Estonia, Latvia, Lithuania and Poland, along with, to a lesser degree, Finland and Sweden, remind me of the later 16th century’s German Protestant princes. They understand that they might be targeted next by the imperial power, they are trying to help their brethren who are already under attack, but their means are limited and there is little they can do to affect what is happening beyond their borders.
Then there is the collective West, represented in our historical analogy by England under Elizabeth I, in particular during the time before the 1580s. It has begun to realize that imperial ambitions of the aggressive power are incompatible with its own interests and security. But it also is separated geographically from the fray, and not in a hurry to offer large-scale help to those whose survival is at stake because it is unwilling find itself in a direct conflict with the aggressor.
Still, there is some room for things to change. Just like Spain launched a covert effort to undermine the Elizabethan rule in England, during the last few years Russia has begun its earnest attempts to destabilize the West politically from the inside. Obviously, such actions by Moscow might achieve their purpose. But they also might result in the West’s more robust actions to contain the Russian imperial ambitions.
As was the case with Spain’s opponents in Western Europe in the decades since the 1560s, our present struggle with Russia is protracted, dirty, exhausting, unpleasant in every sense, and very frustrating. It also sometimes feels hopeless. Defeats are plentiful. Successes – less so. The enemy is overwhelmingly stronger militarily. It is also a centrally directed force acting against the opponents who are diverse and largely uncoordinated. Still, the empire’s foes know they are on the same side. And so, Georgians, secular republican Chechen émigrés, and patriotic Belarusians, among others, go to fight for Ukraine on the Donbas frontline, just like the French and German Protestants went to the Netherlands to fight against Spain.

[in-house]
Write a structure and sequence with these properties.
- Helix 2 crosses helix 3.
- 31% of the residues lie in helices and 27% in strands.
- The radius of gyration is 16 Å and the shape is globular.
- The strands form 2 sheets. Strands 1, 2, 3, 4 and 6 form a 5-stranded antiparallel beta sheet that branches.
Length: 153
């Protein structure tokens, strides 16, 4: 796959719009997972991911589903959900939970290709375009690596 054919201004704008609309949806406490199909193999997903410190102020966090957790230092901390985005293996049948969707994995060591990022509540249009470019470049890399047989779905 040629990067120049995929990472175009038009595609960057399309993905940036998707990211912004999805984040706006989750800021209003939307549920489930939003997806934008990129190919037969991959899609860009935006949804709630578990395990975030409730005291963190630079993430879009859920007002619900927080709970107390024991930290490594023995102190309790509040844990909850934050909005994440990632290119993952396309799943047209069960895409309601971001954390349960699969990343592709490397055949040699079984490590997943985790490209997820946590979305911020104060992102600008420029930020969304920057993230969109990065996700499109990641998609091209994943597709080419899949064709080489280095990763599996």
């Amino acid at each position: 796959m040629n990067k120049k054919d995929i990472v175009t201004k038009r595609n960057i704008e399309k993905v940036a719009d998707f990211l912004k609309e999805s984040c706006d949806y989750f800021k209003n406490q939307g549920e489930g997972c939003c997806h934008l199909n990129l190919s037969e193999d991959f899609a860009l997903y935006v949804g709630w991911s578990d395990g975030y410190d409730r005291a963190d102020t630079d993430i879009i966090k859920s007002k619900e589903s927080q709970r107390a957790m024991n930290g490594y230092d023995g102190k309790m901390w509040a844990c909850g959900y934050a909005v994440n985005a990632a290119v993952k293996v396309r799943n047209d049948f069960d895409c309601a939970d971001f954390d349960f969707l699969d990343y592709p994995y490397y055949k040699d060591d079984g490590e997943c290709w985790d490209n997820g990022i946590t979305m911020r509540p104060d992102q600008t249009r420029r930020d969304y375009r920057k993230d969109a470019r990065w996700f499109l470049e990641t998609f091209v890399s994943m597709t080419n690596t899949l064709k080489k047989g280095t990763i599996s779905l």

William I, Prince of Orange (1533-1584), the leader of the Dutch Revolt against Spain. In the fall of 1572 the rebels were on the verge of defeat, as the Spanish troops had re-conquered much of the Netherlands and were still on the offensive. William “did not believe Holland and Zeeland alone could long resist”, and the rebellion had mostly collapsed in all other provinces of the Netherlands. At that point, William resolved to withdraw to Holland, writing in his correspondence he had decided to make it his “sepulture”. (for more about this see The Dutch Republic (1995) by Jonathan Israel, p. 178).
Despite the odds, Russia’s beleaguered neighbors don’t capitulate, as did not their historical predecessors that opposed the Spain of Philip II. The reason why is that the victory of the other side would mean us not being able to live freely and according to our values and identities. The empire’s structural political and ideological traits guarantee this. Liberty is just as incompatible with the present Kremlin regime as it was with the hyper-Catholicism of Philip II.
Our resistance will therefore continue because capitulation is not a viable option. Nor is a compromise, since the Kremlin simply wants too much of our sovereignty. And, after all, we can never know beforehand how things are going to play out. They did look pretty bad for those who resisted Spain and its stooges, especially in the 1580s. Yet in the end, Philip II’s ambitions were frustrated and the struggle ended with the victory of his opponents. A limited one, but nonetheless a victory that allowed them to maintain themselves free of his political and ideological project. Who knows, perhaps those standing against Putin’s Russia will manage to grasp a similar outcome. In any case, we are compelled to keep trying.